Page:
Adolf Hitler Face Masks Sold in Prague. Why?

Published November 7th, 2019 - 11:19 GMT
Masks of Nazi Germany leader Adolf Hitler (Twitter)
Masks of Nazi Germany leader Adolf Hitler (Twitter)
Highlights
In response to Israng's tweeted picture of the Hitler mask, Israeli ambassador to Czech Republic, Daniel Meron, described the masks as an 'affront to Holocaust survivors and their memory'. 

Rubber face masks of Nazi Germany leader Adolf Hitler were seen hanging in a gift shop in Prague.

Investigations by police are underway today into the shop in the Czech capital that sold the Halloween mask.

German ambassador to Prague, Christoph Israng, tweeted a picture of the Fuhrer souvenir on display in the shop window last Friday, the day after Halloween.

The diplomat wrote in a caption: 'The Czechs suffered so much under the Nazi regime. Why is such trash being sold in Prague's centre now?' 

In response to Israng's tweeted picture of the Hitler mask, Israeli ambassador to Czech Republic, Daniel Meron, described the masks as an 'affront to Holocaust survivors and their memory'. 

He wrote: 'The sale of such costumes is an affront to Holocaust survivors and their memory. 80 years after beginning of WW2 and 75 years after the Liberation of Auschwitz, we should join forces to fight such spread of extremism and hatred. Thank you for raising attention.'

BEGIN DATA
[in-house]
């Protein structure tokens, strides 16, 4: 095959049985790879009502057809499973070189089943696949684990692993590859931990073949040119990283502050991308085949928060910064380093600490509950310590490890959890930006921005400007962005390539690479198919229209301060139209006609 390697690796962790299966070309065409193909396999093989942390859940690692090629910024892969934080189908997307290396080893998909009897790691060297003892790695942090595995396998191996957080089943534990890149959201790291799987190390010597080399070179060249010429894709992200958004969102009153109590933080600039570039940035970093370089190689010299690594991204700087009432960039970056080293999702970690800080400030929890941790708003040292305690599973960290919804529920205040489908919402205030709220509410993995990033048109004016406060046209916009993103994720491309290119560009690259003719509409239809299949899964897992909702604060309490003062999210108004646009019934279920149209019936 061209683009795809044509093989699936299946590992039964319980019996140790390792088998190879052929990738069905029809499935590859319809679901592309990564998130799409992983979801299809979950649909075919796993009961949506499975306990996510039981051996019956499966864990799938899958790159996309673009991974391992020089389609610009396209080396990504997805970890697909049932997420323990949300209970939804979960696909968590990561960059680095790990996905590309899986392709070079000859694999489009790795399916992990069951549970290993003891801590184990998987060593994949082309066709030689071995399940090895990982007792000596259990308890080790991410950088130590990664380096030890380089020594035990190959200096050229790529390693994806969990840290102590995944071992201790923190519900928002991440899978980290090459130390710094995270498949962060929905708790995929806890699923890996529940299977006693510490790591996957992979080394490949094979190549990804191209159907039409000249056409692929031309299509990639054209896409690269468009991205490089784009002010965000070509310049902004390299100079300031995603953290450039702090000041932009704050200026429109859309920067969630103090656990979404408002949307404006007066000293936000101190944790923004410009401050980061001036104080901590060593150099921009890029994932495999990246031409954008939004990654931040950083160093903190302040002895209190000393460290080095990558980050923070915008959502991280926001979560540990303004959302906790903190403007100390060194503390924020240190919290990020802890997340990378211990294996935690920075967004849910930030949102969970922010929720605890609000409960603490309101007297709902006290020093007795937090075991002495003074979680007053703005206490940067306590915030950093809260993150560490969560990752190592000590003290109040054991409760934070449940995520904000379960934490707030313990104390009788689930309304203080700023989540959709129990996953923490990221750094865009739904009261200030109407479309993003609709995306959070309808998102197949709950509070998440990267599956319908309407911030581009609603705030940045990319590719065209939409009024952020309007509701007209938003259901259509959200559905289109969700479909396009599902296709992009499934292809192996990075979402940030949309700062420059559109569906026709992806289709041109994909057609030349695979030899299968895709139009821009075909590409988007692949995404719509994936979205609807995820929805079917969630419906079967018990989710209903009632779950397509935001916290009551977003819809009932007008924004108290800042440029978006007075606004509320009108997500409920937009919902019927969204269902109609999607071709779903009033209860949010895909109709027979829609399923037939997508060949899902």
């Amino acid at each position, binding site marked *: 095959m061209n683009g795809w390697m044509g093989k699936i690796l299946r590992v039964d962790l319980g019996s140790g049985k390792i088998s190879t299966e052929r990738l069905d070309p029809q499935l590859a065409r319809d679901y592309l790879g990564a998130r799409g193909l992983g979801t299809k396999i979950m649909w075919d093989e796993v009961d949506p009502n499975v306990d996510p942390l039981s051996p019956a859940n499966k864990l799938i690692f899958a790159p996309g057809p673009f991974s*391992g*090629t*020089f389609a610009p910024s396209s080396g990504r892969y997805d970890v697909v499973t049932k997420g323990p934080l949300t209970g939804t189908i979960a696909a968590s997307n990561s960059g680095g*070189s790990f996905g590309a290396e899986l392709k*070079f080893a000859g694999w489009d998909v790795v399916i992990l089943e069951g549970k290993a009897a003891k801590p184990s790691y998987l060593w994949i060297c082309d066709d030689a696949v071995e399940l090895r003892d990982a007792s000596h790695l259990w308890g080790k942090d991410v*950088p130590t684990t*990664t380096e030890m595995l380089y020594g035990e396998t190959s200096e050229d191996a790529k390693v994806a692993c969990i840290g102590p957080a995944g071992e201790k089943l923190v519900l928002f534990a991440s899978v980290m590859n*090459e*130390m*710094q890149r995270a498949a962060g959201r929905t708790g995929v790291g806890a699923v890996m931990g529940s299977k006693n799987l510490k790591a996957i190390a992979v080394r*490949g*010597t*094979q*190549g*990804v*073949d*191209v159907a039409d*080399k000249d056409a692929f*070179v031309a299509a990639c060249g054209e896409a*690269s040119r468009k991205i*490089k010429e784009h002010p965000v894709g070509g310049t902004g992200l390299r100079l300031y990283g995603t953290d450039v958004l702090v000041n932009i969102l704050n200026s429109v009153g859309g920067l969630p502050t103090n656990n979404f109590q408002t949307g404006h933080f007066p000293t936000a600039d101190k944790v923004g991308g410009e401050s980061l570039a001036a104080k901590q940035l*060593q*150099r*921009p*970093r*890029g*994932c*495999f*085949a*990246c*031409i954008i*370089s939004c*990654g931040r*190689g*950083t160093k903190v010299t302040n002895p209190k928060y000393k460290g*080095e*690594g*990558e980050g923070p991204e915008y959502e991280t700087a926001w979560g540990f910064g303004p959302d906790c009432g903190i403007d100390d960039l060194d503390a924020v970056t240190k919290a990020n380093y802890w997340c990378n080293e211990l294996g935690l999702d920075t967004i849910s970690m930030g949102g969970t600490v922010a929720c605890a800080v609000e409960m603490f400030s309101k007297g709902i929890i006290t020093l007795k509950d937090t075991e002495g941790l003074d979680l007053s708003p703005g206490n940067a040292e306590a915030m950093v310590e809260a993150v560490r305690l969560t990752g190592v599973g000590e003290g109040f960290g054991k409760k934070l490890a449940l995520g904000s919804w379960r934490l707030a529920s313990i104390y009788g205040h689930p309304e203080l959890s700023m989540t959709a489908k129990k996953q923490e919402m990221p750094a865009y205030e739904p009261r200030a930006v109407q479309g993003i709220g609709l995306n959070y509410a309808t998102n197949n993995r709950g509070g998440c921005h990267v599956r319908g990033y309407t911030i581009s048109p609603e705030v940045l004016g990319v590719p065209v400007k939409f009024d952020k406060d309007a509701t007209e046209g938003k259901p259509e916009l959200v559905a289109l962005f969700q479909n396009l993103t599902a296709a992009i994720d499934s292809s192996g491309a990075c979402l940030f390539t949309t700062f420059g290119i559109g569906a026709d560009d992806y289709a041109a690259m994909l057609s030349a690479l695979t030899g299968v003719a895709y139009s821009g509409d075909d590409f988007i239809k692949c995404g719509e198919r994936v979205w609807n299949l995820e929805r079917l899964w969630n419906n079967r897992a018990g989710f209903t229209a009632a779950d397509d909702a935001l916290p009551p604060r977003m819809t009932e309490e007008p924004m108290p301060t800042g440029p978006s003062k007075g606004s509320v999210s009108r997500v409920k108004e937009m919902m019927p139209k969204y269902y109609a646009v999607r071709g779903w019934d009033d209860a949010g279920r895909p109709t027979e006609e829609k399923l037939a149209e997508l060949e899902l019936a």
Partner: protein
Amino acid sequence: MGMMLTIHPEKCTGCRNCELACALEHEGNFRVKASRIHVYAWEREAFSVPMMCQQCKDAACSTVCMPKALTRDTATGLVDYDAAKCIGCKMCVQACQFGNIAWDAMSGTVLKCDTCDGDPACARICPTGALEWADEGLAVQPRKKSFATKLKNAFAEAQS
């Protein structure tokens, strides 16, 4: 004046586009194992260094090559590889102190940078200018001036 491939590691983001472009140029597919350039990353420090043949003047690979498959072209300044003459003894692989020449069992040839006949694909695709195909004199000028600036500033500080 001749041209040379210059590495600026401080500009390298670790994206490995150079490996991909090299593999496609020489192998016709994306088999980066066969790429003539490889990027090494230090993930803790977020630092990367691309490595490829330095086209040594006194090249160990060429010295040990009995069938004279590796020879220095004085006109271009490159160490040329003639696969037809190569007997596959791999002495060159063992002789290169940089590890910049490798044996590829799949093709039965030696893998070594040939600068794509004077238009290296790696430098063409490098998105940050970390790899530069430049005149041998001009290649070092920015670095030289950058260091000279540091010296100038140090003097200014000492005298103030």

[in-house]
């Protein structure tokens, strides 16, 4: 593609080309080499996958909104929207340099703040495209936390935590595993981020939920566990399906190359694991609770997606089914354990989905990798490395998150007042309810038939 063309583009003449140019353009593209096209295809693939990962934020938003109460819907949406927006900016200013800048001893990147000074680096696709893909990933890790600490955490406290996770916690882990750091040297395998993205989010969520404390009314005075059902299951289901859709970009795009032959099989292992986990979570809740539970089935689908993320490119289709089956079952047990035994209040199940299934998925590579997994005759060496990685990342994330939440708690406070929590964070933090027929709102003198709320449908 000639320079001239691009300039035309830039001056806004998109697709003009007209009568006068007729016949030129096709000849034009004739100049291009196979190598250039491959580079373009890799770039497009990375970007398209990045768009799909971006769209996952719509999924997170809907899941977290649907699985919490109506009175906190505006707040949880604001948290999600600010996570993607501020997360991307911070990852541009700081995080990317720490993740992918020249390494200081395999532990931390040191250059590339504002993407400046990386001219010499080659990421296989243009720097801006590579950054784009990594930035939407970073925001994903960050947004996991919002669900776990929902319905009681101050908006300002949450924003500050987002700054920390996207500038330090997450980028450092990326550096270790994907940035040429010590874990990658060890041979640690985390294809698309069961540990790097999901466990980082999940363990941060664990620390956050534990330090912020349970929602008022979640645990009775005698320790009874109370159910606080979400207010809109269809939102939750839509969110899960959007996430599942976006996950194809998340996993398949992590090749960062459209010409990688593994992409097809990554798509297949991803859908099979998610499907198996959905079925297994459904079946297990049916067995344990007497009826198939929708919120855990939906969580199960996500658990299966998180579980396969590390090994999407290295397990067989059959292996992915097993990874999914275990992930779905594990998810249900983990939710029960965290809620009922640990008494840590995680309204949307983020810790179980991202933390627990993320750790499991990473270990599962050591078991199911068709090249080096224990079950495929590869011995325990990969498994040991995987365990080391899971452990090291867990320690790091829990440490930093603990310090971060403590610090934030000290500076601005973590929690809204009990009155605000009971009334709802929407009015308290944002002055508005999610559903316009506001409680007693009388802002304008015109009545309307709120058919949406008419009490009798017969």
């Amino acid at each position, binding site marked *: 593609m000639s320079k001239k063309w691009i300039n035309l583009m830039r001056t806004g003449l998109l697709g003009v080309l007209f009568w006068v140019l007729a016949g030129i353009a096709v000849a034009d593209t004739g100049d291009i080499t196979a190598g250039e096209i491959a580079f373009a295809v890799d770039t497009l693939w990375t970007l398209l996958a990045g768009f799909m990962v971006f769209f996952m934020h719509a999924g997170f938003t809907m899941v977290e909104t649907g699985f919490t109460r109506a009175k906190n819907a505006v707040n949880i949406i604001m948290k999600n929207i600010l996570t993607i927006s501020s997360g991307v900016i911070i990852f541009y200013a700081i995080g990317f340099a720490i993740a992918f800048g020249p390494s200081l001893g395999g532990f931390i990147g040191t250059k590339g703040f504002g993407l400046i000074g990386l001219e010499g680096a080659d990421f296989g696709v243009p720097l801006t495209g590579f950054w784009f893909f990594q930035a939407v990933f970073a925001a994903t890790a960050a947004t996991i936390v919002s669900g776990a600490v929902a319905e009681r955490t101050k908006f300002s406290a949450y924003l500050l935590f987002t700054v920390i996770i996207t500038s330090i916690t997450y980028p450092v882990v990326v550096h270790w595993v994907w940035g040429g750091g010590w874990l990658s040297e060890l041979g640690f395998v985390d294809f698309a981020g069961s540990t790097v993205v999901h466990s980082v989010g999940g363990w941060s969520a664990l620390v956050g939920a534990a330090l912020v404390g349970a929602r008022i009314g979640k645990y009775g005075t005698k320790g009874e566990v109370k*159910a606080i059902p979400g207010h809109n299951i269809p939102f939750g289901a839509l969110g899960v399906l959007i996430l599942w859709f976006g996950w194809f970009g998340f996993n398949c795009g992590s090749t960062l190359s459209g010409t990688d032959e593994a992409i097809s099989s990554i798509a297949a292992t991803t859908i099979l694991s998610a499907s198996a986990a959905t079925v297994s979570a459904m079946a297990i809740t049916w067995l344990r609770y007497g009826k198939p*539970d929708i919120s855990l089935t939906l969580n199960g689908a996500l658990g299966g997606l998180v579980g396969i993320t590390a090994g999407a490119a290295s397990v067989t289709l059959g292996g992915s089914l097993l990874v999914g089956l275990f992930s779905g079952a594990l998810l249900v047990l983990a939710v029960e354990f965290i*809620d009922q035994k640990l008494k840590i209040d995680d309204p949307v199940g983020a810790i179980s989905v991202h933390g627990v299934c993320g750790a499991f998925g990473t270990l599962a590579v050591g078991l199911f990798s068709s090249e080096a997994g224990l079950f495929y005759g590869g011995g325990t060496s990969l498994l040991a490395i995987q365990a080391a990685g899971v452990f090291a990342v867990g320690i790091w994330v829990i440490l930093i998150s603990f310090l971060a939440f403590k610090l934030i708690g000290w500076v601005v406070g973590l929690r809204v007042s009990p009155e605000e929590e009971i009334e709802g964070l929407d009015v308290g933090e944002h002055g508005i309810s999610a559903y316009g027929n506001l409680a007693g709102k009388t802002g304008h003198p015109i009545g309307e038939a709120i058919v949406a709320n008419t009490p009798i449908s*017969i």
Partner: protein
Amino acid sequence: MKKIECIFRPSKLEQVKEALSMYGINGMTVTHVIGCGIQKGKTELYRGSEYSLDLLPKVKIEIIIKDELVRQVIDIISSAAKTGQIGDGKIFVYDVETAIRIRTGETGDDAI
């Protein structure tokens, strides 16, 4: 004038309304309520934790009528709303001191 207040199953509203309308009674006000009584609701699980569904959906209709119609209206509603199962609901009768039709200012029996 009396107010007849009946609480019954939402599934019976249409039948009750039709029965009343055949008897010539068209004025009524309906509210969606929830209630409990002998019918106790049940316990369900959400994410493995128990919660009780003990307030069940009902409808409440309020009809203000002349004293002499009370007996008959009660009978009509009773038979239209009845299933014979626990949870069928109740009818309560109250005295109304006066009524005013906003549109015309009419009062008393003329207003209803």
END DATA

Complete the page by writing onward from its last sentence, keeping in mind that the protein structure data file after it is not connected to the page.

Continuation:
Katerina Pisackova, spokeswoman for Prague's central district, said the city had terminated the rental agreement of the shop in the picturesque Lesser Town. 

Its owners claimed in the agreement they would sell clothes and 'objects representing the traditional Prague culture and the culture of the Czech Republic'. 

Jaroslav Ibehej, spokesman for the Czech police's organised crime unit, declined to provide further details of the investigation, but added: 'Our department is investigating the case.'

Hitler oversaw the annexation and occupation of the Czech Republic, formerly Czechoslovakia, from 1938 to 1945.

Under Nazi occupation, around 263,000 Czechs were massacred and sent to concentration camps as part of the Holocaust. 

The UNESCO-listed centre of the Czech capital, which dates back to the Middle Ages, is home to a raft of shops criticised for selling offensive or kitschy souvenirs including fur caps with Soviet Red Army insignia or garishly-painted Russian matryoshka dolls.

Central district mayor Pavel Cizinsky said in a statement: 'Let's admit that some shops tarnish the reputation of the Prague heritage area.'

This article has been adapted from its original source.    


© Associated Newspapers Ltd.

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